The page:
Upper school music teacher Chris Florio traveled to Japan in October as this year’s exchange teacher to Tamagawa Gakuen in Tokyo. While there, he helped prepare Tamagawa’s middle and upper school bands for national competitions. Both bands took top honors.
“I got to be there for all the hype that led up to it,” Florio said. “I got to work with them a lot, conduct them almost every day.”
The two groups both performed American music at the competition, and Florio’s understanding of American music, particularly jazz, proved vital in helping them perform at their best.
“One piece was very jazz-heavy, so I helped them find a more appropriate jazz feel,” he recalled. “They’re not really jazz players. They’re classical musicians, so that’s always tough, but they responded so quickly and amazingly.”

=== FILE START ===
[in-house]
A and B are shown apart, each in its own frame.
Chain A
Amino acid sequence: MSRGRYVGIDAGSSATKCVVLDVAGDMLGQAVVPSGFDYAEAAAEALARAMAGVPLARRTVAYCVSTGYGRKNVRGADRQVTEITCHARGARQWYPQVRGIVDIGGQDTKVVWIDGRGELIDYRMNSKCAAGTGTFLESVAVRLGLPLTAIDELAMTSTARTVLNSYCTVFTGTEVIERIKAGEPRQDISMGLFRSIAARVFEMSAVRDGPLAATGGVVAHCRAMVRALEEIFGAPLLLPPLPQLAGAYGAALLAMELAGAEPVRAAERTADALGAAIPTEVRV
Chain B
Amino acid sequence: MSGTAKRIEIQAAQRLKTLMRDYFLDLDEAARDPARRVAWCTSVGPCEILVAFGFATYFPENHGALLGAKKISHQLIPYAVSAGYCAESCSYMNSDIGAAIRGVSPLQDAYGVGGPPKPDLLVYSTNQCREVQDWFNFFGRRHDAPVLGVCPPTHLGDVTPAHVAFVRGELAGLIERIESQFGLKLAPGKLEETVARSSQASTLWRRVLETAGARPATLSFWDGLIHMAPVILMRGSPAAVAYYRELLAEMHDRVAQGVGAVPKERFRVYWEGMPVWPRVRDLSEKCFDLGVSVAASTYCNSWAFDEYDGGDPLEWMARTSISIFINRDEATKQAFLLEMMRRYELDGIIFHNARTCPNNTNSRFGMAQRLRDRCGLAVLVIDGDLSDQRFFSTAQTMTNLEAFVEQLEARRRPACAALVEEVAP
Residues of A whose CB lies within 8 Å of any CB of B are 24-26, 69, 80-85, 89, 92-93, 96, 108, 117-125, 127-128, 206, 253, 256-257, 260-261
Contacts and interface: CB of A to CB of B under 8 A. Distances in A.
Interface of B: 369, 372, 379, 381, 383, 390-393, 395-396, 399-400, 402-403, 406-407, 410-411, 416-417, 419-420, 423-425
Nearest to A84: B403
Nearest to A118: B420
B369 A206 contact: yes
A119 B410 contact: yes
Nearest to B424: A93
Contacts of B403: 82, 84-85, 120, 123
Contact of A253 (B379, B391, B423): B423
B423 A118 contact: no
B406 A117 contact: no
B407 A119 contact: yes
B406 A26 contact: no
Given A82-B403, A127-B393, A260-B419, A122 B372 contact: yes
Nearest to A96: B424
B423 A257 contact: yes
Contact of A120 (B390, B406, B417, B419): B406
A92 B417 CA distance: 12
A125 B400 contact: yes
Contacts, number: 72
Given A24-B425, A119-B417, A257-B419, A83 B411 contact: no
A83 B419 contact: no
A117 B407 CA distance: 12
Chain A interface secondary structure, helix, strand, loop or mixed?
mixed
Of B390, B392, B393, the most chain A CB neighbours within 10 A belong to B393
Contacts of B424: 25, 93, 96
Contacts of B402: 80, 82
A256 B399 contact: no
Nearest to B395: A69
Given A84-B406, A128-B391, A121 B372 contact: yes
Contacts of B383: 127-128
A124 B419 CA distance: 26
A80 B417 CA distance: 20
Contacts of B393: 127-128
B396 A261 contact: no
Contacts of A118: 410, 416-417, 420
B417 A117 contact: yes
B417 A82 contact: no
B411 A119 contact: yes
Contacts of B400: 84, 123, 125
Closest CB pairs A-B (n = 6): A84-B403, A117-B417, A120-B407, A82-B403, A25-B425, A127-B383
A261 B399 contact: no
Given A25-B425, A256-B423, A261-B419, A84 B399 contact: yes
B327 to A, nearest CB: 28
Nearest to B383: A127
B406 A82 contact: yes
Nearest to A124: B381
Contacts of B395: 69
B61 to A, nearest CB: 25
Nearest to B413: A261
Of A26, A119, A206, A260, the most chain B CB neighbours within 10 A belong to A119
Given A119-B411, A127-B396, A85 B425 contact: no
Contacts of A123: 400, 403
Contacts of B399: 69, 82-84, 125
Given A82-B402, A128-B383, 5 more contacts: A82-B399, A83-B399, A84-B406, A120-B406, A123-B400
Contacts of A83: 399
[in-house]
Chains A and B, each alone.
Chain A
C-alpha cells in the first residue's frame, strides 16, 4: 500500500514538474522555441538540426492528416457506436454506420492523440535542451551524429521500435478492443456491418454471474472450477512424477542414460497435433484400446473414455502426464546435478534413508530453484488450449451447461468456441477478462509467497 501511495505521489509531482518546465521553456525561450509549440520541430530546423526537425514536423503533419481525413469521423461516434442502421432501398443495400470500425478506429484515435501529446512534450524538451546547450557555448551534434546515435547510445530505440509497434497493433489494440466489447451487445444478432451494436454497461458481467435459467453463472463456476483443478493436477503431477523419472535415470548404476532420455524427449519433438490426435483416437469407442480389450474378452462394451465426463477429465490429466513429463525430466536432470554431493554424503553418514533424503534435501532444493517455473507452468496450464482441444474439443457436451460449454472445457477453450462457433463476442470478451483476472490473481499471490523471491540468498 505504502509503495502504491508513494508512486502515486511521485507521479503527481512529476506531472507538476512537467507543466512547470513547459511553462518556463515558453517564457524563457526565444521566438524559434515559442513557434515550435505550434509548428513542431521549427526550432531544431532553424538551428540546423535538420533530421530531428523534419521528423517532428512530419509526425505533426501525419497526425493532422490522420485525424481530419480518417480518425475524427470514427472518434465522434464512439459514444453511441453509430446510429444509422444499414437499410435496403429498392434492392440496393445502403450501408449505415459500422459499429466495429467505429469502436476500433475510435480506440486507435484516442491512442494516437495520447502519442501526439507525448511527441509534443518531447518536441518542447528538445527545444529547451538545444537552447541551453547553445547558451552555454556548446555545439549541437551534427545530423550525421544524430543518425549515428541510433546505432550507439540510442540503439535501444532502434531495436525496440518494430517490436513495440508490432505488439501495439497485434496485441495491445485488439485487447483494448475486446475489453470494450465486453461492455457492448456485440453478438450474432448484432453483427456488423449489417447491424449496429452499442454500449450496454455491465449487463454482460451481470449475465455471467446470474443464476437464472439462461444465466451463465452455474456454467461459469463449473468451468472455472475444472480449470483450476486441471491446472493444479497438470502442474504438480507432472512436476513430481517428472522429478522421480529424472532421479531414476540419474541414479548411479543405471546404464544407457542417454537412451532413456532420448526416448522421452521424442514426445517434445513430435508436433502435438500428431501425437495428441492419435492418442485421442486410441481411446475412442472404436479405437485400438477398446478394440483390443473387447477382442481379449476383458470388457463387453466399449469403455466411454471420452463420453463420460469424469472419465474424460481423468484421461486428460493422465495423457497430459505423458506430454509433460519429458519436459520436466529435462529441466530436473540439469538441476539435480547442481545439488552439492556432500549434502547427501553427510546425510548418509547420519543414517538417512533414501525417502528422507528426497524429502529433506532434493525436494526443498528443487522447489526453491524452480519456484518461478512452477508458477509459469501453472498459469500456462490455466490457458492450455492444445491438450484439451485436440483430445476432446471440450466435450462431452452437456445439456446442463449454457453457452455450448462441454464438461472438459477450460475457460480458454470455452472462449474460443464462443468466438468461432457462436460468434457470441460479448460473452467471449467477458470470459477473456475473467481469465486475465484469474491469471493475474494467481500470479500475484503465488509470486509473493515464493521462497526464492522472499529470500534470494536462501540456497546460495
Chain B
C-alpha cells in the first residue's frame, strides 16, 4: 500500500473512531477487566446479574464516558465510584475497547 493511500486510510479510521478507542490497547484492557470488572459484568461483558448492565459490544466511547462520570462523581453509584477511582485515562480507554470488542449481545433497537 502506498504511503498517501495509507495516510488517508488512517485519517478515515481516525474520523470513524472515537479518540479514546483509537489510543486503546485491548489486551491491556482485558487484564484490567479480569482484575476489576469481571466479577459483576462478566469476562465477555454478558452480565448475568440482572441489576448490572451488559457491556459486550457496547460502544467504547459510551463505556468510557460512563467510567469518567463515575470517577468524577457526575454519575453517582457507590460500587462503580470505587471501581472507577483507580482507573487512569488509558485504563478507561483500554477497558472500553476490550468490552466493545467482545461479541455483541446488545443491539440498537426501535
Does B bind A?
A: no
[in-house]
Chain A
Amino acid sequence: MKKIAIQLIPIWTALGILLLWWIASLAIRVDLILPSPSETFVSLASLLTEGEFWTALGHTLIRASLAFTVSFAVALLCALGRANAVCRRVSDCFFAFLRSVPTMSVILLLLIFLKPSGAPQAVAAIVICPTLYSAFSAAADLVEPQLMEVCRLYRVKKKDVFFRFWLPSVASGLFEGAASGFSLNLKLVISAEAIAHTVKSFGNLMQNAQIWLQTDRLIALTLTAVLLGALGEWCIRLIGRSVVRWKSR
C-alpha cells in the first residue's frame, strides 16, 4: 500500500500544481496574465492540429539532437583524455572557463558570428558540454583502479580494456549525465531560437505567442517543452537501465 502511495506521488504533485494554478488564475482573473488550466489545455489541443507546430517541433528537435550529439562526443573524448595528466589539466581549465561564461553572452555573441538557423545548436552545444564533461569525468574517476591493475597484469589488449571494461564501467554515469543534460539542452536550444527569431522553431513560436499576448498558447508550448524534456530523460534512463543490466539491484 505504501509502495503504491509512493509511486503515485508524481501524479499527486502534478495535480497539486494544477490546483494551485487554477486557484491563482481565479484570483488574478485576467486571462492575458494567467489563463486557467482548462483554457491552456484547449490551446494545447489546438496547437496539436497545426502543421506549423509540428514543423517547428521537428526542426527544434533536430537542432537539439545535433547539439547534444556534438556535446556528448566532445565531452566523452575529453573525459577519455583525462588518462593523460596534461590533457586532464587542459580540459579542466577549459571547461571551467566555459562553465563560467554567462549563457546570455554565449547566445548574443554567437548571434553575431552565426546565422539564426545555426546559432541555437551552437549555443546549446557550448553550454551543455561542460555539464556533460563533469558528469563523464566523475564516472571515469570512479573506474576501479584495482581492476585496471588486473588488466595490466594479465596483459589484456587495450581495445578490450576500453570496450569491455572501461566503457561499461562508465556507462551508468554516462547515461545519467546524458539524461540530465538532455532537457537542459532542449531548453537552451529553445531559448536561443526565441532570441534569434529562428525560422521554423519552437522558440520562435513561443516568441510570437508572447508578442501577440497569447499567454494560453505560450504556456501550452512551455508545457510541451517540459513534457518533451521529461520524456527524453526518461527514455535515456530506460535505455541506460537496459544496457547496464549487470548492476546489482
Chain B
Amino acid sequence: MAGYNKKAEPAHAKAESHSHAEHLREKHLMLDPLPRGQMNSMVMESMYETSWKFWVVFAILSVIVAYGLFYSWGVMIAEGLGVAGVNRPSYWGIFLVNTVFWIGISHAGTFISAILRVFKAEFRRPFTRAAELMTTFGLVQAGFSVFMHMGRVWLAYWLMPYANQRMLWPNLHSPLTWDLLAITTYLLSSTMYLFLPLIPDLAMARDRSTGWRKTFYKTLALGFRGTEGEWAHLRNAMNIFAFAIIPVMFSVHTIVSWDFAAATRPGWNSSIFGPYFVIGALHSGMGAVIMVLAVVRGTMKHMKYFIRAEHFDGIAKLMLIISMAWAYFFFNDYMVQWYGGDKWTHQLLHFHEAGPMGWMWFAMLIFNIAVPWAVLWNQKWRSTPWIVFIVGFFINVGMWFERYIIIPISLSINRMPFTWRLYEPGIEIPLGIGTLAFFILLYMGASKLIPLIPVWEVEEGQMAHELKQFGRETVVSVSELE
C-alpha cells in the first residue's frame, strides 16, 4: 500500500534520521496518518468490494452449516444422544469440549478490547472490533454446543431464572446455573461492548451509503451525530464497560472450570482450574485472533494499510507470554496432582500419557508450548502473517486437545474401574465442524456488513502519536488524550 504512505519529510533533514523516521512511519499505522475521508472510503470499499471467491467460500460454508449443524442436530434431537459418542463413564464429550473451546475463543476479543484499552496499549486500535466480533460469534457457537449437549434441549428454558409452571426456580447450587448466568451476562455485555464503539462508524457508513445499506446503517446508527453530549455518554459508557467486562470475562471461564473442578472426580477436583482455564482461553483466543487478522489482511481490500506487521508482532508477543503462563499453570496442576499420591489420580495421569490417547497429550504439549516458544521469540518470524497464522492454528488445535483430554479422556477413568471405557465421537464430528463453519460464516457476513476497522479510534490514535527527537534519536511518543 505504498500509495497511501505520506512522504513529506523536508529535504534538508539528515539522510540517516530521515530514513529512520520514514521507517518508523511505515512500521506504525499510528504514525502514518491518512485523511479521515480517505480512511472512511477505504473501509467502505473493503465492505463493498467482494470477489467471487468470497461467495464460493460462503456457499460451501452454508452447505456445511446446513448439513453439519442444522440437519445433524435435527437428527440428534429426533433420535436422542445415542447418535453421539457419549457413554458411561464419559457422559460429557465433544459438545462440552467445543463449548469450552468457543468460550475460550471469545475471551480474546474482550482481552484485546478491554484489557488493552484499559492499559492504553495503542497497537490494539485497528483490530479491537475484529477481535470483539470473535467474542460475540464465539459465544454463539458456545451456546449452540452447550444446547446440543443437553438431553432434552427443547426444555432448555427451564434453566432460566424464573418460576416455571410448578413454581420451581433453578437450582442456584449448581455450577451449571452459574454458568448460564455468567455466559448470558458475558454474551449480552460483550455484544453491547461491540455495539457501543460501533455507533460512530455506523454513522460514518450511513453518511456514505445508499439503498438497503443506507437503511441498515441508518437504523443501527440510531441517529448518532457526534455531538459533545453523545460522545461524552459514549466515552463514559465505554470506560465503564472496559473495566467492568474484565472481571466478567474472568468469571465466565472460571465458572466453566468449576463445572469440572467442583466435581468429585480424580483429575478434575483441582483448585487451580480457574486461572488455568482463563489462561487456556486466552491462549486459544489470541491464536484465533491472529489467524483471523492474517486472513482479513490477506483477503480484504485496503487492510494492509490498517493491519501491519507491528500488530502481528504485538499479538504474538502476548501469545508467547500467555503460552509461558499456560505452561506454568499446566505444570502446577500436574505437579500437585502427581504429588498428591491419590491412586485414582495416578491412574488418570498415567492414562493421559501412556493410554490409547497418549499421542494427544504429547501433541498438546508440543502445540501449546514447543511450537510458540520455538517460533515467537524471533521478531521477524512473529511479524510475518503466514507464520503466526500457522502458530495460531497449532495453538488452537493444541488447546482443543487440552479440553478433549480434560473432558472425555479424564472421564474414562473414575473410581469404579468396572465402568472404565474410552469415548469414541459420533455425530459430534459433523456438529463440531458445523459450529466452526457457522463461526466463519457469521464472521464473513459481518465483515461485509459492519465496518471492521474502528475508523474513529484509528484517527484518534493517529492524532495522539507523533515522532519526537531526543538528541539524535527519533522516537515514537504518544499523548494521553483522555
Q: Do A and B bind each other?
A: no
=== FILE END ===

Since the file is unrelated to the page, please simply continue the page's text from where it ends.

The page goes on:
Certain English words also presented some difficulty, such as when one section instructed the brass players to “wail.”
“As a jazz musician in America you might understand what that means,” Florio said, “but it took me days, actually, to figure out how to explain that one.”
After spending so much time teaching students at Tamagawa, Florio took to heart some principles that he hopes to instill in students at Harker. “I noticed how much [Tamagawa students] worked with the metronome during rehearsals. I started doing that and the kids responded really well.”
He also played some recordings of the Tamagawa upper school band for his students, and noticed that “the kids are practicing on their own more.”
In addition, Florio’s work with the band did not end with his Tamagawa trip. Some time during the school year, he wants to hold a video conference between Tamagawa’s band and the upper school orchestra, and have them play for one another and offer feedback. Two students from Tamagawa’s upper school band will also be visiting as exchange students in January.
Aside from teaching, Florio also went on many fun outings with his new friends at Tamagawa, and also visited Kyoto for two days. “They work very hard, but no matter what age the teacher, they have a lot of fun,” he said. “They made me feel like one of their teachers.”